Sandy Gallin, a Hollywood agent and manager who guided the careers of Dolly Parton and other celebrity icons and helped steer Michael Jackson through scandal and career crisis, has died at the age of 76.
During his peak, Gallin helped manage the careers of dozens of mega-stars, including Cher, Neil Diamond and Barbra Streisand. He also partnered in the production of movies such as “Father of the Bride” and “Buffy the Vampire Slayer.”
After walking away from his career as an agent in the late ’90s, Gallin discovered that real estate was nearly as seductive and rewarding a commodity as celebrity, and he forged a second career as a designer of luxury homes.
His death Friday was announced on Instagram by longtime friend Bruce Bozzi. A cause of death was not released, but he had battled cancer and had quadruple bypass surgery in 1999.
In Parton, Gallin found a talent, a friend and an eventual business partner. She was a country singer when they met in 1973, and her fame grew as Gallin helped transform her into a mainstream star. They formed the film and production company Sandollar Productions — a mashup of their first names — which produced a string of successful movies, several flops and the Oscar-winning AIDS documentary “Common Threads: Stories from the Quilt.”
But Jackson was Gallin’s highest-profile client and — at intervals — his biggest headache.
In the early ’90s, when Jackson’s career was cooling and his public image had shifted from special and spectacular to peculiar and weird, Gallin urged the musician to harness his shyness and step back into the limelight. Gallin got him booked at a pre-inaugural gala for President-elect Clinton, lined up a televised interview with Oprah Winfrey and arranged for him to perform the coveted halftime show at the Super Bowl.
The results, Gallin said, were immediate. He said sales for Jackson’s “Dangerous” album — which had been out for months — soared as the album roared back up the charts.
When Jackson was later accused of molesting a 13-year-old boy, Gallin nearly bristled with fury. He said his client had been all but crucified by the media.
“Michael’s innocent, open, childlike relationship with children may appear bizarre and strange to adults in our society who cannot conceive of any relationship without connotations,” he told the Los Angeles Times in 1994. “This is not a reflection of Michael’s character; rather it is a symptom of the sexual phobias of our society.”
When Jackson reportedly became addicted to painkillers before launching a tour to support “Dangerous,” Gallin said he urged the singer to put his own health before the enormous profits the tour was expected to yield.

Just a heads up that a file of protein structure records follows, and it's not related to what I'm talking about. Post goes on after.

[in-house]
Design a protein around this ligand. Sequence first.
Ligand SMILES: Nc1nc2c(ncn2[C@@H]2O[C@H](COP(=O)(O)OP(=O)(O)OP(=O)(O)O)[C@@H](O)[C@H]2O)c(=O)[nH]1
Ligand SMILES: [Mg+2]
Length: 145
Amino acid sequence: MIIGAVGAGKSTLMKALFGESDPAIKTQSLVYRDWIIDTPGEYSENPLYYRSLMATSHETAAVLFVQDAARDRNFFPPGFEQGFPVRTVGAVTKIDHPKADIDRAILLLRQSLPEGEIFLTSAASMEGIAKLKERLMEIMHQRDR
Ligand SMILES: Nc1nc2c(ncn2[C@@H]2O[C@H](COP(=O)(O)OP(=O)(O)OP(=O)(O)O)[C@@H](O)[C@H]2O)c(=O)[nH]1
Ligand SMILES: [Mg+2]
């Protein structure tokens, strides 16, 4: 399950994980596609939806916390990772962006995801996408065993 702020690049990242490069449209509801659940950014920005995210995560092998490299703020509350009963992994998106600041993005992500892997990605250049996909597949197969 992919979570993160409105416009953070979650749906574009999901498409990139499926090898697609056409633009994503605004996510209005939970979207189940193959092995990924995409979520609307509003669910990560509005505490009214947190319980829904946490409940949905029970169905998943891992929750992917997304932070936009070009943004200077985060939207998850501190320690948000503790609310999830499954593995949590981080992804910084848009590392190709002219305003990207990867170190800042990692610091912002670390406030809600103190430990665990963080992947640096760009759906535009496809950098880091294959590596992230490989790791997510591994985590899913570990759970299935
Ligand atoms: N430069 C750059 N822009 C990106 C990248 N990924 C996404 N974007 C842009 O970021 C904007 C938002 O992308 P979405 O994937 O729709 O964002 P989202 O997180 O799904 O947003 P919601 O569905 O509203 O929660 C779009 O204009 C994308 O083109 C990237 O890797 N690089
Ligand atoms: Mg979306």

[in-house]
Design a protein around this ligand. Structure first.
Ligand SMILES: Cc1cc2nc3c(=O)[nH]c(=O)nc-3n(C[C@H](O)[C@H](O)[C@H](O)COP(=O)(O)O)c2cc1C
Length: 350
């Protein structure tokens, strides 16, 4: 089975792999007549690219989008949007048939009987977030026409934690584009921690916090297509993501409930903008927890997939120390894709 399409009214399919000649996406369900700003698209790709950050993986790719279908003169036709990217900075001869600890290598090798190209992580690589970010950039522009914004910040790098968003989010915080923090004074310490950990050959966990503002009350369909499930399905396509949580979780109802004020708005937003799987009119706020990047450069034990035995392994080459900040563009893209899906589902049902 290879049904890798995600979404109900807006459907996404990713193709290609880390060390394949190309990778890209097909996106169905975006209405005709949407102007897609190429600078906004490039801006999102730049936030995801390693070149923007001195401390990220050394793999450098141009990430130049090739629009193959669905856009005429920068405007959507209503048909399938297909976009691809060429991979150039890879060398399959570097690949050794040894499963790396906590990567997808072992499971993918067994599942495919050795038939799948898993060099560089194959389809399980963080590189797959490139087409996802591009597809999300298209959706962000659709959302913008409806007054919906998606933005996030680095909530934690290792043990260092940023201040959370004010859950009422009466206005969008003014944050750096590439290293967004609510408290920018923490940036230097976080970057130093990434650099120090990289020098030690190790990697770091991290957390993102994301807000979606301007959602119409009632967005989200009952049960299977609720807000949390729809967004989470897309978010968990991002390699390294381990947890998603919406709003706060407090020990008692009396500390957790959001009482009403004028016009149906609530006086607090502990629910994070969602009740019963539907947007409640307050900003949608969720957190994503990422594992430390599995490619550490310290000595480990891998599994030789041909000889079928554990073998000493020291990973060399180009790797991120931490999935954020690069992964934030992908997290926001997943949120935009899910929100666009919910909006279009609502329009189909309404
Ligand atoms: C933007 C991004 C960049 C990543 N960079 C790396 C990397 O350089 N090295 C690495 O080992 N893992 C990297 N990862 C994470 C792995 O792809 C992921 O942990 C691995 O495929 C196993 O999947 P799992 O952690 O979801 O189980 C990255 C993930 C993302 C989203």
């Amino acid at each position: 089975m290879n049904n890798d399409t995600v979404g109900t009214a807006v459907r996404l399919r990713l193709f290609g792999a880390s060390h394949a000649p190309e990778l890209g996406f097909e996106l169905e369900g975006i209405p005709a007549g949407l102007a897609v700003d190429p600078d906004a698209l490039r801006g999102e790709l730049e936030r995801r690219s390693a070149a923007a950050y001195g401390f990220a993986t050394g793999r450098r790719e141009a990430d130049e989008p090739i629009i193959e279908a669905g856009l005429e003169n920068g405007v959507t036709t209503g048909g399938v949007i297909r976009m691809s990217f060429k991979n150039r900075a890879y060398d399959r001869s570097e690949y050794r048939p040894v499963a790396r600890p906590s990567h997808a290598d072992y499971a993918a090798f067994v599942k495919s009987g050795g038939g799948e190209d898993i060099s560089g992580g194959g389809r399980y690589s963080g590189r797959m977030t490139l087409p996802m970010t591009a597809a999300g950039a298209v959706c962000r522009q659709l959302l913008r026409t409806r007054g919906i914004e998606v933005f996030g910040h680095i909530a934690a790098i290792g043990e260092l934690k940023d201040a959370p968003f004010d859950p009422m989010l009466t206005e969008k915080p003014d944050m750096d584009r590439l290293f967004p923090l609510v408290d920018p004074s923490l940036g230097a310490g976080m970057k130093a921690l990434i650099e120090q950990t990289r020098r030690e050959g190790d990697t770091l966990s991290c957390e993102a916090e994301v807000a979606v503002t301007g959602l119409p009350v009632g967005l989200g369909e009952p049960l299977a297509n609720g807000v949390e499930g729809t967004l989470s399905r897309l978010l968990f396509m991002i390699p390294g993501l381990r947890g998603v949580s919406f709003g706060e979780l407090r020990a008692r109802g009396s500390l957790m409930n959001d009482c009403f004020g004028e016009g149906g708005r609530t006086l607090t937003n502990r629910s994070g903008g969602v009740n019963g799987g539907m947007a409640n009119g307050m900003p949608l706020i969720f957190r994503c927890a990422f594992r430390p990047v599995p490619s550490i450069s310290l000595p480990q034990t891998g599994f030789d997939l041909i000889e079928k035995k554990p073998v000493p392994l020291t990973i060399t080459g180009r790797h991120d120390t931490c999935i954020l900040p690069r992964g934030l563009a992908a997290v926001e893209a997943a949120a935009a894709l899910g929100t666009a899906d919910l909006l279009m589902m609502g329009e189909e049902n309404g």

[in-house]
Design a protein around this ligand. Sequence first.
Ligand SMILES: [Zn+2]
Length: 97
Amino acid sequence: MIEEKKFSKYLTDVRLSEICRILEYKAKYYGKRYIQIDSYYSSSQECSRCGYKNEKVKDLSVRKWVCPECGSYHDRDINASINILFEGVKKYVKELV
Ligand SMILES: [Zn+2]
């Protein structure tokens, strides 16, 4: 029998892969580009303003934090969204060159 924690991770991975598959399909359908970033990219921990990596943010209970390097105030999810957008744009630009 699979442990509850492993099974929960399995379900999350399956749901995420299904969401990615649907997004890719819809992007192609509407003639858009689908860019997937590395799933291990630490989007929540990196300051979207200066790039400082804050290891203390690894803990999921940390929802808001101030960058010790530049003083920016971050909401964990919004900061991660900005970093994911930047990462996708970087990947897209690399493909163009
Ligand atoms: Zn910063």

Jackson hit the road anyway, but the tour was halted when Elizabeth Taylor and Gallin flew in for an intervention and took the performer to a hospital in England. The episode, and Jackson’s increasingly worsening drug problem, was recounted in a 2013 wrongful-death case filed by Jackson’s family.
Born Albert Samuel Gallin on May 23, 1940, he grew up in Brooklyn and then on Long Island before graduating from Boston University. He was intrigued by celebrity, but thought his looks didn’t necessarily weigh in his favor, especially at a time when studios seemed to be searching for the freshly scrubbed look that Ricky Nelson and Frankie Avalon radiated.
Instead he landed a $50-a-week job in the mail room at a New York City talent agency. He loved it.
“To deliver a letter to Steve Lawrence and Eydie Gorme’s apartment or Paul Anka’s — I couldn’t believe it,” he recalled during an interview with The Times. “I was so happy and proud to be in the mail room.”
He quickly moved up the ranks and began booking for televised game shows such as “What’s My Line?” and “To Tell the Truth” and rounding up guests for “The Ed Sullivan Show.” He said he had a hand in booking the Beatles in 1964, effectively introducing the group to America.
Gallin moved to Los Angeles in the ’60s and worked briefly with David Geffen — foolishly passing up an opportunity to partner with the future super agent and studio executive, he later conceded. Instead, he formed a management agency with a distant cousin.
To Gallin, coming to L.A. was emancipating. A closeted gay man, he suddenly felt comfortable and at ease. “I was afraid of being gay living in the same city as my brother and mother,” he told The Times
But in 1998, he closed shop and accepted an offer from casino magnate Steve Wynn to develop Broadway-style entertainment in Las Vegas. He said he enjoyed the work, but disliked the desert. He resigned within 16 months.
Gallin told Architectural Digest in 2014 that he started dabbling in L.A. real estate in the 1970s as a way to relieve stress. When he gave up on Vegas, buying and remodeling high-end homes became a natural Plan B.
As with being an agent, Gallin was catering to the rich and temperamental. But with a difference.
“The houses,” he said, “don’t talk back.”
An earlier version of this article misspelled the first name of Whoopi Goldberg as Whoopie.